Secrets Behind U2’s Audio and Video Technology for Innocence + Experience Tour

If you’ve been to see U2 on their current tour, you probably left impressed with the stage set-up and the massive tw0-sided screen that in a hockey rink stretches at least from blue line to blue line. It’s also hollow, which allows the band to perform from inside and interact with the various projections. It’s pretty damn cool.

How to they make it all work? Sounds like a job for a publication like Computer World. U2’s crew is awfully clever and tech-savvy. WARNING: There be serious geekery ahead.

Irish rockers U2 are continuing to innovate in their use of video on the current Innocence + Experience tour, and behind the scenes is some extremely high-performance, all-flash technology.

Video show director Stefaan “Smasher” Desmedt is using an all-flash configuration of a ruggedized EMC VNXe3200 to help run the spectacle, pulling new video projects and archived footage to show on massive specialized displays that hang overhead. He also incorporates live video as it’s being captured for display on the conventional giant screens that are commonly seen in arenas.

The visual centerpiece of the show is an eye-catching tunnel suspended above the catwalk that extends from the main stage, the walls of which are two semi-transparent LED video screens that are 29 meters wide and 7 meters tall. Each screen uses 240 individual V-Thru panels from Saco Technologies. A walkway runs in between the screens, and during parts of the show such as the song “Cedarwood Road,” lead singer Bono climbs up into the assembly and appears to interact with the video and graphics projected on the screens.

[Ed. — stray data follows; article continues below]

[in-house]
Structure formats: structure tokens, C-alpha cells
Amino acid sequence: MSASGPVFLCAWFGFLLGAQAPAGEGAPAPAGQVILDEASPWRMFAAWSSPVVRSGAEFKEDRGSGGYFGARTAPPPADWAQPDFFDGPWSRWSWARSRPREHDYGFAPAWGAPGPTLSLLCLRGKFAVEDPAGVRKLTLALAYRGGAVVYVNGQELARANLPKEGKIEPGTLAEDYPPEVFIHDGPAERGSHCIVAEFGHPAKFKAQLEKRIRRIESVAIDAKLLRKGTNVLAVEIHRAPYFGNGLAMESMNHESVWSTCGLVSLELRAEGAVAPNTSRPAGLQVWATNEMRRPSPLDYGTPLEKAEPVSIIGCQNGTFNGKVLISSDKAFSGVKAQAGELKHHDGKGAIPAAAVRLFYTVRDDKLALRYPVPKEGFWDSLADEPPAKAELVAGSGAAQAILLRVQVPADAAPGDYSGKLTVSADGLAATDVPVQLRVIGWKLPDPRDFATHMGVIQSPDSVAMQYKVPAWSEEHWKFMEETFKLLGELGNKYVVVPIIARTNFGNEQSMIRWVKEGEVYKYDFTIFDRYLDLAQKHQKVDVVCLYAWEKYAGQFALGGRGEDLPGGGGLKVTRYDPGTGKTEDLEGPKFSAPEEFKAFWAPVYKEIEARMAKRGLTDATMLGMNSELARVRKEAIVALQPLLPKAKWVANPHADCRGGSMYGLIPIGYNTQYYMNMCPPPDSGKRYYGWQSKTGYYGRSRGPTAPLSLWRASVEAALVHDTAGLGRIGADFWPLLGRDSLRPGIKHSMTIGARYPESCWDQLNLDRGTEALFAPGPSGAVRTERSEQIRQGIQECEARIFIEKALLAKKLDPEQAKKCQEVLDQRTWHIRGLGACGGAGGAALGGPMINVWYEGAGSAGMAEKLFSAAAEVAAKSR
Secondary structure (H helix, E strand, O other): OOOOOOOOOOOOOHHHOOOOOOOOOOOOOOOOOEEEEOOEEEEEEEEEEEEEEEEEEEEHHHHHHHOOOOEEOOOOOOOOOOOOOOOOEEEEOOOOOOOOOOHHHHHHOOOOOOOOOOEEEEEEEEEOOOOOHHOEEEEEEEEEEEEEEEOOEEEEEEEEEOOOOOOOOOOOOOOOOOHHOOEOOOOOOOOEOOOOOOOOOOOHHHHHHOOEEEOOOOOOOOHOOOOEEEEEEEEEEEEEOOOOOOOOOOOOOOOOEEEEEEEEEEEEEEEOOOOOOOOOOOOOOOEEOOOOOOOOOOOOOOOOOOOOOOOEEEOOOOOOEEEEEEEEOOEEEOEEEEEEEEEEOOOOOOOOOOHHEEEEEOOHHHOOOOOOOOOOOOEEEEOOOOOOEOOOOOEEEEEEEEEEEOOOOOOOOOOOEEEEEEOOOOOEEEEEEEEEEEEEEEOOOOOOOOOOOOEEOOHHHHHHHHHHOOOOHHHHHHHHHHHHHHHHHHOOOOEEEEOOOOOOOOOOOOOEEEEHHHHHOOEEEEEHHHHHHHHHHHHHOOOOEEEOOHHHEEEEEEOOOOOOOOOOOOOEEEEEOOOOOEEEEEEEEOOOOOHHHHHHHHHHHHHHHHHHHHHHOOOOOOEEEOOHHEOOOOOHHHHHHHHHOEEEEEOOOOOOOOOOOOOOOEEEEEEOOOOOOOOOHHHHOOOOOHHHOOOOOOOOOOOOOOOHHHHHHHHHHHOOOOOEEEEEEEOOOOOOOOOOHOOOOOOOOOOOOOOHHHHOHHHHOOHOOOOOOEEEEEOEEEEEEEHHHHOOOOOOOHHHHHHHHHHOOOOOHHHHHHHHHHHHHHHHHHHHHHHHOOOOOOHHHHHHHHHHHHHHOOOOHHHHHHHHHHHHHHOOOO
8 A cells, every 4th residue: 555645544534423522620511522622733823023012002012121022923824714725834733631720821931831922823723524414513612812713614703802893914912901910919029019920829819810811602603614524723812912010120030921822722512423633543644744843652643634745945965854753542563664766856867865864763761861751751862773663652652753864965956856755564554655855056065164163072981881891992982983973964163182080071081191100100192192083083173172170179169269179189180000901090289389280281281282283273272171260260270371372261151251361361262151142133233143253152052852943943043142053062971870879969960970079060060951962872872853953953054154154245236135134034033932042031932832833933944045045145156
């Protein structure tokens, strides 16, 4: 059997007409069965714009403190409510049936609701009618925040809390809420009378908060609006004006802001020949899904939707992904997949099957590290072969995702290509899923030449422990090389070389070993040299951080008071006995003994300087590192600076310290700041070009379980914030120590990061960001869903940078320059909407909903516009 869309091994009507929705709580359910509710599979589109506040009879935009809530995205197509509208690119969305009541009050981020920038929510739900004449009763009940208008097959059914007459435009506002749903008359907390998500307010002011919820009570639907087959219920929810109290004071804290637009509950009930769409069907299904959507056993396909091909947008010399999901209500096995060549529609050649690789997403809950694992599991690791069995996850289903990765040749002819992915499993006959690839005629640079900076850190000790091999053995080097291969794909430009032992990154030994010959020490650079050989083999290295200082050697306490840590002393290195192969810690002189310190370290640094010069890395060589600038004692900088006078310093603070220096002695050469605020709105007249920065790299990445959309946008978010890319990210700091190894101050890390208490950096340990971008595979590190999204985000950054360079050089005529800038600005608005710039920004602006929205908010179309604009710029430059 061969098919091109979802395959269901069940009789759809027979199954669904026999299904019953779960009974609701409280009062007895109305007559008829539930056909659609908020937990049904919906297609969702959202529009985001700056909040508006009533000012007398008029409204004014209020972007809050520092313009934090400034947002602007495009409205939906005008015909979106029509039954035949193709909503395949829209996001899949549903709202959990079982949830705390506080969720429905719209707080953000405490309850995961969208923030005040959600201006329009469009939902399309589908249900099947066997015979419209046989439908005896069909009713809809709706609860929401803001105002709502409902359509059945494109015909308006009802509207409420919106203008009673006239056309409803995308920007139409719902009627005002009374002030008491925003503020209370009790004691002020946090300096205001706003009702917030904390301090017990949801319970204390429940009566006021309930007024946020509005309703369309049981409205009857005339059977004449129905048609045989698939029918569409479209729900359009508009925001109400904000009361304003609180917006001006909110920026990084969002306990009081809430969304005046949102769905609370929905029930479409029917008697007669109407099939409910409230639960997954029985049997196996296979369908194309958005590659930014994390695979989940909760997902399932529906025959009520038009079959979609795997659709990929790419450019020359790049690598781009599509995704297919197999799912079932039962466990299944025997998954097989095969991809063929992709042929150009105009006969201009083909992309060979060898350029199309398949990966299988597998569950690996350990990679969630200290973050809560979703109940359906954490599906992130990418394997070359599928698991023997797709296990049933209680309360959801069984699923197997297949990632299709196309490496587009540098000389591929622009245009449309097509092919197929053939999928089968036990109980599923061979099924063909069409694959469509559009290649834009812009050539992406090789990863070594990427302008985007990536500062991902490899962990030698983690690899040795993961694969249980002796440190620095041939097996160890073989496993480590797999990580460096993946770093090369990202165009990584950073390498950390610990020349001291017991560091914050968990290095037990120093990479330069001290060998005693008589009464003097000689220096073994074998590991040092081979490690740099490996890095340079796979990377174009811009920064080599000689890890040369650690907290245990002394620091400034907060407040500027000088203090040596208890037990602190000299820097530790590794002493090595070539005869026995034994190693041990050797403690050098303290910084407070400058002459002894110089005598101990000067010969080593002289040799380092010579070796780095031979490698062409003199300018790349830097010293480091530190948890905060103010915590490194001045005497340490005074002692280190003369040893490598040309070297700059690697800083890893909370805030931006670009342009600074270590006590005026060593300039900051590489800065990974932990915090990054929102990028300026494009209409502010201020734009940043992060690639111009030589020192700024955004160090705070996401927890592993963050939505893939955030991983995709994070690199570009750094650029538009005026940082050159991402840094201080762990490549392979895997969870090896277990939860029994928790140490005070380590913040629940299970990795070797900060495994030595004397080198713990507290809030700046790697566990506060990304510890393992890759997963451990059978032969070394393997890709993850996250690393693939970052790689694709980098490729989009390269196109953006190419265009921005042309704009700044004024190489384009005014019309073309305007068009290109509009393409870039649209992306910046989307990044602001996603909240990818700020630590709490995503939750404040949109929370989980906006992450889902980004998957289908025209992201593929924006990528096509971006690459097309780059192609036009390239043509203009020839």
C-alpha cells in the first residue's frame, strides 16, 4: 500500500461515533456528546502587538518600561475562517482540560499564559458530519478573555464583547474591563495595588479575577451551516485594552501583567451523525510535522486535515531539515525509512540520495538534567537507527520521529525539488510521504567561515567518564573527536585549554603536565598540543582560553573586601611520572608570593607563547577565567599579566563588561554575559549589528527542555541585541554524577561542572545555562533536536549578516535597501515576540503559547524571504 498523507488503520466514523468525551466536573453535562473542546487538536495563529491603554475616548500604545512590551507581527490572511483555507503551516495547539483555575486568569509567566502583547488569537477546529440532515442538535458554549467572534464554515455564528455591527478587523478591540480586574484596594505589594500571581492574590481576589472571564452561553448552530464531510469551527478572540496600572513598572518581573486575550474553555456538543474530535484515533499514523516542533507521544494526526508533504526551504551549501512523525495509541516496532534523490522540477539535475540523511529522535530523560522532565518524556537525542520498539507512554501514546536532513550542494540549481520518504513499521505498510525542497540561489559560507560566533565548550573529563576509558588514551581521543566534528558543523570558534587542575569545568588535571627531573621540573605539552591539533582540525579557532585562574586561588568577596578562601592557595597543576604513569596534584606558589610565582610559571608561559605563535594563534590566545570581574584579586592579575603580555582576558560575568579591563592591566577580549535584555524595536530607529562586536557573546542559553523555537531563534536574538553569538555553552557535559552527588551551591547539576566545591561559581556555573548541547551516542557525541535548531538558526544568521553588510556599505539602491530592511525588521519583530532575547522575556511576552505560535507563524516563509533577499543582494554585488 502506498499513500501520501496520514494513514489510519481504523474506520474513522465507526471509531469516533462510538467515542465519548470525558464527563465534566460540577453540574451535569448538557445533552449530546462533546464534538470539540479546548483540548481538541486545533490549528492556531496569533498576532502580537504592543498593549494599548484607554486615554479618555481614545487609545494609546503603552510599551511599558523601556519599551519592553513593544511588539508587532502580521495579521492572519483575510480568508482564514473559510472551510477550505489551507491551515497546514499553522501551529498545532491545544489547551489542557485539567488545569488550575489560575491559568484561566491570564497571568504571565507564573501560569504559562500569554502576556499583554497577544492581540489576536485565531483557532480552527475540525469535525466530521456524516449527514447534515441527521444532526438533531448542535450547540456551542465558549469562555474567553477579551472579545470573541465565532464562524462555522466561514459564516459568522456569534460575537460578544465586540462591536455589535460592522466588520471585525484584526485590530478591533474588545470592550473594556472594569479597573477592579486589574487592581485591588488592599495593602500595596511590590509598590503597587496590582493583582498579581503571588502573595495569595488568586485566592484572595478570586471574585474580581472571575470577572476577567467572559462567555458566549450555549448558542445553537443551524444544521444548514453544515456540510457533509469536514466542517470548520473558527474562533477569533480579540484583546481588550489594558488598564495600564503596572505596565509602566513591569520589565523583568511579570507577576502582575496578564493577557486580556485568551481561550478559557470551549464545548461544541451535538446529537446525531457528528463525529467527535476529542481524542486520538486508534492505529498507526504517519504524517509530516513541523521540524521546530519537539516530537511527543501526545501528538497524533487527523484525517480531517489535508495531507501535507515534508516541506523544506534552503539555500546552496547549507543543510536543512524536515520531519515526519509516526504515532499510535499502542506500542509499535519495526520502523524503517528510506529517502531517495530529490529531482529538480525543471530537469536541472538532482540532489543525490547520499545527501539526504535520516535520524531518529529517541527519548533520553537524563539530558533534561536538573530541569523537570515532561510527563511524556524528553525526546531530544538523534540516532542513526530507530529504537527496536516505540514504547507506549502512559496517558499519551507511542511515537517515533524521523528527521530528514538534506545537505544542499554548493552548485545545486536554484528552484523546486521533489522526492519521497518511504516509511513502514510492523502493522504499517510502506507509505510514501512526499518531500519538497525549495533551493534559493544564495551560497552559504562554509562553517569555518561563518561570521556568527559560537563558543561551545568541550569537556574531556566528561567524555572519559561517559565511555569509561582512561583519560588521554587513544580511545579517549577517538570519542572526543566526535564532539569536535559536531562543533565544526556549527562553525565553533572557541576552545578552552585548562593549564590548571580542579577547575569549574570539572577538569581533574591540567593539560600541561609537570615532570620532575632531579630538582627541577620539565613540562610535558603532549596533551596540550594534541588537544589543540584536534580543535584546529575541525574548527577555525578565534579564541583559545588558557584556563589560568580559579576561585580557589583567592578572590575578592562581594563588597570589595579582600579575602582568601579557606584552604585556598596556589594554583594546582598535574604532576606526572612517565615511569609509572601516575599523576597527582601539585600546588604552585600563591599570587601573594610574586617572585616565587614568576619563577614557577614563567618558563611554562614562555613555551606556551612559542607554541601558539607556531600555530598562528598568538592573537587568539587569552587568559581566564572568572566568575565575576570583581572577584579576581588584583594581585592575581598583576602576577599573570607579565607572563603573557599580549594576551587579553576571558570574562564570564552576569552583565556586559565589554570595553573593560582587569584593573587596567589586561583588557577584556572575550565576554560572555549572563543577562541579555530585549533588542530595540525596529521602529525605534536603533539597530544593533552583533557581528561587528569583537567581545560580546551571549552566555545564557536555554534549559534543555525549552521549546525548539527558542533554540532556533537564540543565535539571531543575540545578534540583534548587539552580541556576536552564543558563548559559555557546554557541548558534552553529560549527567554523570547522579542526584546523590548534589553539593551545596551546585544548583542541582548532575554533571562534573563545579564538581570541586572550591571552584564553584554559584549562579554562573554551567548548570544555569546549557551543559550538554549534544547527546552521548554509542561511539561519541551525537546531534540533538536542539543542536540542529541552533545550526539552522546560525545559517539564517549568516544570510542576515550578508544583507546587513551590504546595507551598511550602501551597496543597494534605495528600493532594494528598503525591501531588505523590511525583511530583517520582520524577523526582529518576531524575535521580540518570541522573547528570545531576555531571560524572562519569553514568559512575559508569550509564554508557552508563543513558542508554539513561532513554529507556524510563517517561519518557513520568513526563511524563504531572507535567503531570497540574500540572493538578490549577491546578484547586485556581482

Keep reading.

On a slightly different topic, U2 performed the song “October” for the first time in a quarter century at one of their Madison Square Garden shows. Watch. (Via Michael)

 

Alan Cross

is an internationally known broadcaster, interviewer, writer, consultant, blogger and speaker. In his 30+ years in the music business, Alan has interviewed the biggest names in rock, from David Bowie and U2 to Pearl Jam and the Foo Fighters. He’s also known as a musicologist and documentarian through programs like The Ongoing History of New Music.

Leave a Reply

Your email address will not be published. Required fields are marked *

This site uses Akismet to reduce spam. Learn how your comment data is processed.